It’s been a busy week here in Israel. With security “experts” spreading FUD about the the coming infocalypse, management types all around the country entered a national state of panic. So after all this is over, it’s time to look back at what we had and what we can learn from this.
Prelude to the storm
For weeks prior to April 7th, various (mostly Arab/Muslim) “hacking groups” have been threatening to “Wipe Israel from the Internet” – why anyone thought this is even possible still remains a mystery, with Israeli ISP bandwidth in the Tbps range, at least an order of magnitude more than even the largest DDoS volumes to date.
All that didn’t matter to security experts, who were quick to warn of anything between critical infrastructure failing to internet being slow, and the mass media that devoted and incredible amount of attention to the issue. One “security company” even suggested users uninstall their browser on April 6th and re-install on April 8th, a suggestion that in my opinion earns them a triple face-palm.
The actual storm
Come late afternoon April 6th local time, the #OpIsrael hash-tag went into overdrive, in data centers around the country admins stood ready to repeal the evil haxorz and news reporters just waited for some juicy headline, and then 6 hours later a government website went offline for a few minutes.
Yep, that’s about the most important thing that happened.
Sure, there were some websites defaced, most are various SOHO business PR sites, that were probably broken into week prior to the OP. In some cases the defacement was so lame that it amounted to implanting a page on the server and just pointing the twitter link to it without affecting the website itself.
The level of amateurism was so high that among the chosen targets were a not-for-profit organization that arranges various fun activities for children with cancer, both Jew and Arab, a left leaning news paper – Haaretz and Machsom Watch a human rights organization.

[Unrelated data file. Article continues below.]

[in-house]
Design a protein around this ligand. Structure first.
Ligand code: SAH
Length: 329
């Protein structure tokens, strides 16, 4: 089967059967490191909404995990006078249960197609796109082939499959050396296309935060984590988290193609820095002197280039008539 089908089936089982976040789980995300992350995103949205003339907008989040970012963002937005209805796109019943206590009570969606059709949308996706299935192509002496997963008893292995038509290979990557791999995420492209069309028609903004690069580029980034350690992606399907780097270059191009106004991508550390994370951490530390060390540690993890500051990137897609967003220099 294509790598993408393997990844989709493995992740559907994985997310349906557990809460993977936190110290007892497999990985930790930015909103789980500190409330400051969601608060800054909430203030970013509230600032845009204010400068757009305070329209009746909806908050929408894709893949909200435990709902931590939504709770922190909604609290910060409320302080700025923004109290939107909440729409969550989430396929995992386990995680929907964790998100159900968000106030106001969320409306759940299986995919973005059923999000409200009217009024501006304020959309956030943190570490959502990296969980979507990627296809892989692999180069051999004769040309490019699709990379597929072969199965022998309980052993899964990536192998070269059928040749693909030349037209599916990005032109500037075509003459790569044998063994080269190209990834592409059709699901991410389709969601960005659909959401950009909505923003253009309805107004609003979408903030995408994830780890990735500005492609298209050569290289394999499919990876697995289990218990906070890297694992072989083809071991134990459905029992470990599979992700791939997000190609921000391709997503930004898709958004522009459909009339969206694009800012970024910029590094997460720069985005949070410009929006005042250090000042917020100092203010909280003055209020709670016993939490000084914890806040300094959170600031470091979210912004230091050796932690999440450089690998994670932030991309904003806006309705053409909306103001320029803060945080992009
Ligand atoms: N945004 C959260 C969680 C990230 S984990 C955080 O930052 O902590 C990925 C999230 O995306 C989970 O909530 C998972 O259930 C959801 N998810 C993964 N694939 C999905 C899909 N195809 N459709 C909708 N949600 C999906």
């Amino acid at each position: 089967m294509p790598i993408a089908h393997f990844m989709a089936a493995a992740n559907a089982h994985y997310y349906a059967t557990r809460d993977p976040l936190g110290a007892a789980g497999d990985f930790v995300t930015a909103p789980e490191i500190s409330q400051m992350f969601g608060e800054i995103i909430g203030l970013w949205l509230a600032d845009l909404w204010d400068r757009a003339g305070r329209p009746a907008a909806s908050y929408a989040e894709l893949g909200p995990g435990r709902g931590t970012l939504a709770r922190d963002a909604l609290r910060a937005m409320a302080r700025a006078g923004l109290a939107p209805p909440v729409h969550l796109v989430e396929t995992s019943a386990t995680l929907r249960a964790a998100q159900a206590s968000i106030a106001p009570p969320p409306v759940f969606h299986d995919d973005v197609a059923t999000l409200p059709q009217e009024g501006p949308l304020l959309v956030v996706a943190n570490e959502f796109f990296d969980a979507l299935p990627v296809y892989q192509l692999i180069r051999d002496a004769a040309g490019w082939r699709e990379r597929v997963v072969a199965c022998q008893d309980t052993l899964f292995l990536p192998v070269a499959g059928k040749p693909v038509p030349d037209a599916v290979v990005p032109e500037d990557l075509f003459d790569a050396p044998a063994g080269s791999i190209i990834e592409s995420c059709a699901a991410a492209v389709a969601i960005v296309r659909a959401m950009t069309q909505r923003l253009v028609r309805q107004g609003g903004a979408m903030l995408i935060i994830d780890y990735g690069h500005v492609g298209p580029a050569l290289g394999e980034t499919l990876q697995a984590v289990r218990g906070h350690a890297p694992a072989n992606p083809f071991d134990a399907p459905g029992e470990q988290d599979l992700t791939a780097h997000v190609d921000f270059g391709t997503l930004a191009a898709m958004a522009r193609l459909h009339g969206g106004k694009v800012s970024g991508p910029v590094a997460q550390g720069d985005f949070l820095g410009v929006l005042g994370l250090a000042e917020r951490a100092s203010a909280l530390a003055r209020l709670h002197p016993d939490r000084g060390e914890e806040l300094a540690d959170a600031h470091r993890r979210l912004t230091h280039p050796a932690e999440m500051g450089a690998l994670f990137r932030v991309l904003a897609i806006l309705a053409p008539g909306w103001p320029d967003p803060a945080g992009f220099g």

As the op has passed, I think we have all learned a valuable lesson. We – the INFOSEC community – need to look deep down and admit that many have over-hyped this thing for all the wrong reasons. The panic that has been created was unwarranted and driven by PR and marketing considerations, was it worth it? What we may have created here is a situation where the boy cried wolf too many times, when the time comes we won’t have the credibility we so need. As far as public education goes, we should have seized this opportunity not to spook people, but rather to educate them of the dangers lurking online, to make them more aware and less gullible, instead they were driven into a scare without any real advice on what to do. The real challenges before us, I think, will be dealing with the sudden interest by management in information security and finding ways to help ensure that the public in general is better protected than it is today.
The first challenge will probably revolve on driving the management away from costly DDoS prevention technologies towards what the organization really needs and wise security practitioners should take advantage of this position in the short term.
The second challenge is much harder, I leave it to you the community to figure out.